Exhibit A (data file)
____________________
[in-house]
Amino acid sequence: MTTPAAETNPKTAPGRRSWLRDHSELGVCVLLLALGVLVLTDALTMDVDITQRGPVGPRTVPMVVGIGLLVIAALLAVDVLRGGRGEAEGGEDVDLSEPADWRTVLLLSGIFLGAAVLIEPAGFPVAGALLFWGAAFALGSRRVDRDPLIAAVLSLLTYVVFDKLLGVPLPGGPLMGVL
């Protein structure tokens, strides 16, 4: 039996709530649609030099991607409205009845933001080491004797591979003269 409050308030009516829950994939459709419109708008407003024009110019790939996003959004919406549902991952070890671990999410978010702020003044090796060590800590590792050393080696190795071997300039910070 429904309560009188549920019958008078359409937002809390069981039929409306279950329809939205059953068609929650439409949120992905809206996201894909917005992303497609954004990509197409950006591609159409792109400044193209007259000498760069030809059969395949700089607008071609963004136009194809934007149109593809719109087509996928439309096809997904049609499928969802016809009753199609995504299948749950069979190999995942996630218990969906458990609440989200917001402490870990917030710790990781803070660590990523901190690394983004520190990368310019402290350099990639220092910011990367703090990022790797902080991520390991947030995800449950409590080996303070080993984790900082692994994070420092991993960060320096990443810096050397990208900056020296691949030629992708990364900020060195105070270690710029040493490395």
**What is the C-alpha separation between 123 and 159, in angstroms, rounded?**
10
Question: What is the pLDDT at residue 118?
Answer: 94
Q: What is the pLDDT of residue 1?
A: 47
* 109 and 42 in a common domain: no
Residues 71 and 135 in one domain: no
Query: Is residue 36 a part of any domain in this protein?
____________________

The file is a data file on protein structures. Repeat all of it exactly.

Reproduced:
[in-house]
Amino acid sequence: MTTPAAETNPKTAPGRRSWLRDHSELGVCVLLLALGVLVLTDALTMDVDITQRGPVGPRTVPMVVGIGLLVIAALLAVDVLRGGRGEAEGGEDVDLSEPADWRTVLLLSGIFLGAAVLIEPAGFPVAGALLFWGAAFALGSRRVDRDPLIAAVLSLLTYVVFDKLLGVPLPGGPLMGVL
């Protein structure tokens, strides 16, 4: 039996709530649609030099991607409205009845933001080491004797591979003269 409050308030009516829950994939459709419109708008407003024009110019790939996003959004919406549902991952070890671990999410978010702020003044090796060590800590590792050393080696190795071997300039910070 429904309560009188549920019958008078359409937002809390069981039929409306279950329809939205059953068609929650439409949120992905809206996201894909917005992303497609954004990509197409950006591609159409792109400044193209007259000498760069030809059969395949700089607008071609963004136009194809934007149109593809719109087509996928439309096809997904049609499928969802016809009753199609995504299948749950069979190999995942996630218990969906458990609440989200917001402490870990917030710790990781803070660590990523901190690394983004520190990368310019402290350099990639220092910011990367703090990022790797902080991520390991947030995800449950409590080996303070080993984790900082692994994070420092991993960060320096990443810096050397990208900056020296691949030629992708990364900020060195105070270690710029040493490395």
**What is the C-alpha separation between 123 and 159, in angstroms, rounded?**
10
Question: What is the pLDDT at residue 118?
Answer: 94
Q: What is the pLDDT of residue 1?
A: 47
* 109 and 42 in a common domain: no
Residues 71 and 135 in one domain: no
Query: Is residue 36 a part of any domain in this protein?